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NYT: Recovery Has Replaced Good Jobs With Bad Jobs

From the New York Times:

Recovery Has Created Far More Low-Wage Jobs Than Better-Paid Ones

By ANNIE LOWREY | April 27, 2014

WASHINGTON — The deep recession wiped out primarily high-wage and middle-wage jobs. Yet the strongest employment growth during the sluggish recovery has been in low-wage work, at places like strip malls and fast-food restaurants.

In essence, the poor economy has replaced good jobs with bad ones. That is the conclusion of a new report from the National Employment Law Project, a research and advocacy group, analyzing employment trends four years into the recovery.

“Fast food is driving the bulk of the job growth at the low end — the job gains there are absolutely phenomenal,” said Michael Evangelist [sic], the report’s author. “If this is the reality — if these jobs are here to stay and are going to be making up a considerable part of the economy — the question is, how do we make them better?”

Remember how Bush was attacked for creating ‘hamburger flipping jobs’? But for some reason Obama isn’t responsible for this development.

But the solution is not to create better jobs. The solution is to pay the hamburger flippers more.

The report shows that total employment has finally surpassed its pre-recession level. “The good news is we’re back to zero,” Mr. Evangelist said.

But job losses and gains have been skewed. Higher-wage industries — like accounting and legal work — shed 3.6 million positions during the recession and have added only 2.6 million positions during the recovery. But lower-wage industries lost two million jobs, then added 3.8 million.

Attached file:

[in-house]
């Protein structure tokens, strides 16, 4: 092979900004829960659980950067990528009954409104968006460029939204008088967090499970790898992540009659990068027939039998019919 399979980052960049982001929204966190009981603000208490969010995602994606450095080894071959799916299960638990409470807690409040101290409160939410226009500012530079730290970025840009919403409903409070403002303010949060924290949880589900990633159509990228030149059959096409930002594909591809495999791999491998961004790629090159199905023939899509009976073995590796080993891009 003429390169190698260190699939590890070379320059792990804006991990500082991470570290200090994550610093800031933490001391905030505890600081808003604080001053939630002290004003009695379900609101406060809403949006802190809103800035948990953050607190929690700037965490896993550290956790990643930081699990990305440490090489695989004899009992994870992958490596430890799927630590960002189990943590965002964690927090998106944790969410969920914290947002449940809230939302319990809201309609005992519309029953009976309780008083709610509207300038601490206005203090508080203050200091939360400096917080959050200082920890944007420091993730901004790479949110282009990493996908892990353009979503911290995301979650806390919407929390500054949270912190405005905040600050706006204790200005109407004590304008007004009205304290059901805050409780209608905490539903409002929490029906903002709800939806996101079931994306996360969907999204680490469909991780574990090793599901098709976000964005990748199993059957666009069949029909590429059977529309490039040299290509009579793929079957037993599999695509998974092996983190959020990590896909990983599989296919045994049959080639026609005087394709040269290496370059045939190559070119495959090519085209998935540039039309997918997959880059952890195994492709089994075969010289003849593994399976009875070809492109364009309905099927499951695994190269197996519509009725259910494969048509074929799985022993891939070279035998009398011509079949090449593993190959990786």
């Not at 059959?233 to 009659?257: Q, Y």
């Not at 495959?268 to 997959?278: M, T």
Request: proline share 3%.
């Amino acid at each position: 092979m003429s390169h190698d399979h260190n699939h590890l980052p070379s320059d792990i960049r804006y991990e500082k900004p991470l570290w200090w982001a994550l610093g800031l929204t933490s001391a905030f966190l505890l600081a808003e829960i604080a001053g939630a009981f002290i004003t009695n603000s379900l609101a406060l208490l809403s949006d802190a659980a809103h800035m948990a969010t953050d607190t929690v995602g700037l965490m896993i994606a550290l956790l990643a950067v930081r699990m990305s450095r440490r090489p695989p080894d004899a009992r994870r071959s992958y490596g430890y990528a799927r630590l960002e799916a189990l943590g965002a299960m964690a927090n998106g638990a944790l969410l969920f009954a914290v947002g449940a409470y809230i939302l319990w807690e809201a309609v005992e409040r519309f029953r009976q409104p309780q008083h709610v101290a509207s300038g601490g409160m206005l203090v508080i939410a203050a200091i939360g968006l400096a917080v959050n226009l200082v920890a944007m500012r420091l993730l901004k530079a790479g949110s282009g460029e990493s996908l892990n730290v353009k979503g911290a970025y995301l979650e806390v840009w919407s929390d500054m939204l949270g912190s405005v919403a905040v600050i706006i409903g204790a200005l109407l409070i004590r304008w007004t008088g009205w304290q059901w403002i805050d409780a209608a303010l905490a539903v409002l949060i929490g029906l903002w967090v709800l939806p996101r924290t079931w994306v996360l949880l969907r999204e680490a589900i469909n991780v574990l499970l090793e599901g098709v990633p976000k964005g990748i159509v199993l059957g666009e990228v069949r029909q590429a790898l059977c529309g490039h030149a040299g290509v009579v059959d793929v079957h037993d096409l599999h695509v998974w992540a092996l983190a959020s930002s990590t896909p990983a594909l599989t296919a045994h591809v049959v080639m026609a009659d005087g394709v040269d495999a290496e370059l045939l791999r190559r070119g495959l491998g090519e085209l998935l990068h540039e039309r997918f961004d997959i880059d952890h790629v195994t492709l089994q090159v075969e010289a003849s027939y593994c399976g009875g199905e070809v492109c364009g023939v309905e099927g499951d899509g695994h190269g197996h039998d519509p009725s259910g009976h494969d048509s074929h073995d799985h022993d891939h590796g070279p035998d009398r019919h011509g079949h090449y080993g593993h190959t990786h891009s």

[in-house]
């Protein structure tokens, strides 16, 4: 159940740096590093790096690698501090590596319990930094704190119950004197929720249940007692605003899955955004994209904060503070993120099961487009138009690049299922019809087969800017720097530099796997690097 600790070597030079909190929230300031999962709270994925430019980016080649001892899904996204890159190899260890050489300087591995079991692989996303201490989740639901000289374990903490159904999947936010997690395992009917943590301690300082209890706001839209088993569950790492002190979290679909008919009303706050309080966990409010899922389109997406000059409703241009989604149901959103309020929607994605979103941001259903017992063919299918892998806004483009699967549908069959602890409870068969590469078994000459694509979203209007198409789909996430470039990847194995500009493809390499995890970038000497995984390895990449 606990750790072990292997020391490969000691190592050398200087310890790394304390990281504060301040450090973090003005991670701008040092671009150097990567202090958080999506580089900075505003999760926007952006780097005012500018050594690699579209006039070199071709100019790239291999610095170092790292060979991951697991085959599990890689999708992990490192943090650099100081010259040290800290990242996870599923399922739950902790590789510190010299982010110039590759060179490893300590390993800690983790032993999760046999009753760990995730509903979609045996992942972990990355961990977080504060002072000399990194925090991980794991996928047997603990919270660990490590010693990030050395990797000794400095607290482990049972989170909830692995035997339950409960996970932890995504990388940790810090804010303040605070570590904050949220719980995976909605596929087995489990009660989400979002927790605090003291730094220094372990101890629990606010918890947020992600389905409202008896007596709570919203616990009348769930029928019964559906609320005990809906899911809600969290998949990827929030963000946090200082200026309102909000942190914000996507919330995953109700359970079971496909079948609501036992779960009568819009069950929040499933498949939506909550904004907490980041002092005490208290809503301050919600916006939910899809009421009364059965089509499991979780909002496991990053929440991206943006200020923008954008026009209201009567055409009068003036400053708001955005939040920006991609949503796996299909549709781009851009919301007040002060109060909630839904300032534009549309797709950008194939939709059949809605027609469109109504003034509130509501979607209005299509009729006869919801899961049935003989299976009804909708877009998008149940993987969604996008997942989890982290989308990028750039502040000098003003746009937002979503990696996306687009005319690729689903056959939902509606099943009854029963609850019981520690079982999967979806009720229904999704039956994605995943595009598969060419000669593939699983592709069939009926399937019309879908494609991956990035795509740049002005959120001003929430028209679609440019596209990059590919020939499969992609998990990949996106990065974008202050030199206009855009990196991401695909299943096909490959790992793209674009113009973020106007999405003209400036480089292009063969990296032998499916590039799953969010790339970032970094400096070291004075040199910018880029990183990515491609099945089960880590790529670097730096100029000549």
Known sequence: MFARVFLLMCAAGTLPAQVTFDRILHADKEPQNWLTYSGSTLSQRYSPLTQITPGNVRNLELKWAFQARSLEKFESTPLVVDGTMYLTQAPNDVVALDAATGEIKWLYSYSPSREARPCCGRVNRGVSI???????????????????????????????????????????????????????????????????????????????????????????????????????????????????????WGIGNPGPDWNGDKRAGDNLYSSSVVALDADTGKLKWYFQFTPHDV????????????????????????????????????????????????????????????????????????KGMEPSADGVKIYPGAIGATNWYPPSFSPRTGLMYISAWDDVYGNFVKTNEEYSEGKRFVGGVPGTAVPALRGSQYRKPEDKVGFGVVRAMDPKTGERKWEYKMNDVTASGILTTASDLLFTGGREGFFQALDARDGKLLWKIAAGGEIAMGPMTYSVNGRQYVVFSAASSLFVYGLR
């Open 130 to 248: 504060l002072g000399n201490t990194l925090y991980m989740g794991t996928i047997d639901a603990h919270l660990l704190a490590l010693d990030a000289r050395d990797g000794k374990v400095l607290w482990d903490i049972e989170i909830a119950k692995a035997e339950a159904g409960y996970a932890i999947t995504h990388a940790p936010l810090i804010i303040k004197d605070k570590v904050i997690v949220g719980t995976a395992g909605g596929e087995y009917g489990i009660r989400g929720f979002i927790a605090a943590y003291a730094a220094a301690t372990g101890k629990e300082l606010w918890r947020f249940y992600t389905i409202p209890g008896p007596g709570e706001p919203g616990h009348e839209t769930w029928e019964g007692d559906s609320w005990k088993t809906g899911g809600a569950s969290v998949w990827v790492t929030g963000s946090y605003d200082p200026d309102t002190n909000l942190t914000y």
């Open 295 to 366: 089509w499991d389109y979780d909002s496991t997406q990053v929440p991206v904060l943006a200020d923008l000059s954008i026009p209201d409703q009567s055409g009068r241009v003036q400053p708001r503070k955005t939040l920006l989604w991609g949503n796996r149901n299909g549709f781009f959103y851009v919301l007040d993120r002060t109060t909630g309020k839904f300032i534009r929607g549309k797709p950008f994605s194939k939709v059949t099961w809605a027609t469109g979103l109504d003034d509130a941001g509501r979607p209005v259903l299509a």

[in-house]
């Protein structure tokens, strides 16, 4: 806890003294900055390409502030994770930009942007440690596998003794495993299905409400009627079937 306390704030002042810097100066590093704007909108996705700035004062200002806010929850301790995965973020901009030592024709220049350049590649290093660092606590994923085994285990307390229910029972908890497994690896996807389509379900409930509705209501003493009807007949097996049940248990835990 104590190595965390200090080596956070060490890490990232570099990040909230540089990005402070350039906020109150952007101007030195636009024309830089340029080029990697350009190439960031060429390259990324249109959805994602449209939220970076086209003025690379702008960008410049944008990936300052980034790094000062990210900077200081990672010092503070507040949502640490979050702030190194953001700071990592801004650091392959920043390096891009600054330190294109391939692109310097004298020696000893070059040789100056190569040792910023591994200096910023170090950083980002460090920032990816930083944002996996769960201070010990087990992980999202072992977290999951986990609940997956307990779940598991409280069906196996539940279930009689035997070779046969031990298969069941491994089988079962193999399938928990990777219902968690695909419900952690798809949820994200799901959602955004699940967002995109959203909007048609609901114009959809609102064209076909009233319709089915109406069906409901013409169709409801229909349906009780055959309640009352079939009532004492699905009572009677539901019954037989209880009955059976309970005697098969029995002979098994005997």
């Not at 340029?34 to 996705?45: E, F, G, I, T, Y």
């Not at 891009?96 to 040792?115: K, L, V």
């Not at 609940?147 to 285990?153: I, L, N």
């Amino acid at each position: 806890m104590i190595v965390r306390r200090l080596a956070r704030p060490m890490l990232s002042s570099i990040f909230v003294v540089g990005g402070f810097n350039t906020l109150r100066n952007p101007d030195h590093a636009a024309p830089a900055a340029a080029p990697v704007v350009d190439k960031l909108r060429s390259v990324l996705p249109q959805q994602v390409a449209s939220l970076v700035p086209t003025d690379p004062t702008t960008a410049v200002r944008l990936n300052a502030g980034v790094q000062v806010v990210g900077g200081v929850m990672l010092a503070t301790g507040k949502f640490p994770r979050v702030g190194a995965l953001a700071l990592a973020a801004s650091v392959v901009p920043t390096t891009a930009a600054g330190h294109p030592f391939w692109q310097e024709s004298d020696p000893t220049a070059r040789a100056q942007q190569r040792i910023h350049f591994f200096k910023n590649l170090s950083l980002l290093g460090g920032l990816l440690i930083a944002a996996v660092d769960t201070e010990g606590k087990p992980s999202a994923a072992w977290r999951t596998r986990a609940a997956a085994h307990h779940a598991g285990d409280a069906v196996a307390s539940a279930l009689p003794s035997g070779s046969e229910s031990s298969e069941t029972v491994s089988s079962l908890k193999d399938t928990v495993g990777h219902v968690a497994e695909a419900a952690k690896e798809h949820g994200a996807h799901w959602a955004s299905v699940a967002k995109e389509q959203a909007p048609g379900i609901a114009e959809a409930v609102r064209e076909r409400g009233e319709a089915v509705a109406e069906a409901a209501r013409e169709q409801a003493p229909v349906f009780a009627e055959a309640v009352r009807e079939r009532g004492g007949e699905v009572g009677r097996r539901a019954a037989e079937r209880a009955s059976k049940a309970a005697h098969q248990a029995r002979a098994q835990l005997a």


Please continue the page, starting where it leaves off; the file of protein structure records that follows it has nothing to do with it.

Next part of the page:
With 10.5 million Americans still looking for work — the unemployment rate is 6.7 percent — employers feel no pressure to raise wages for those who are working. As a result, the average household’s take-home pay has declined through the recession and the recovery to $51,017 in 2012 from $55,627 in 2007, after adjusting for inflation.

So the average house-hold’s income as declined almost $5,000 under Obama. But that just tells the NYT that we need to raise the minimum wage. (Oh, and grant amnesty to 11 million illegal aliens.)

With joblessness high and job gains concentrated in low-wage industries, hundreds of thousands of Americans have accepted positions that pay less than they used to make, in some cases, sliding out of the middle class and into the ranks of the working poor…

The swelling of the low-wage work force has led to a push for policies to raise the living standards of the poor, including through job training, expansion of health care coverage and a higher minimum wage. President Obama has supported a Democratic proposal to lift the federal minimum wage to $10.10 an hour from its current level of $7.25.

“Nobody who works full-time should ever have to live in poverty,” Mr. Obama said on Saturday in his weekly address. “That’s why nearly three in four Americans support raising the minimum wage.”

Raising it to $10.10 would “lift wages for nearly 28 million Americans across the country,” he said. “We’re not just talking about young people on their first job. The average minimum-wage worker is 35 years old. They work hard, often in physically demanding jobs.” …

But many Republicans oppose raising the wage floor while the economy remains weak. And many businesses staunchly oppose higher minimum wages because of the threat to their bottom lines…

Republicans are so mean. Let’s raise the minimum wage to $30 an hour. That way everyone will be in the middle class.

This article was posted by Steve Gilbert on Monday, April 28th, 2014. Comments are currently closed.

One Response to “NYT: Recovery Has Replaced Good Jobs With Bad Jobs”

  1. … and yes, I do want fries with that order.


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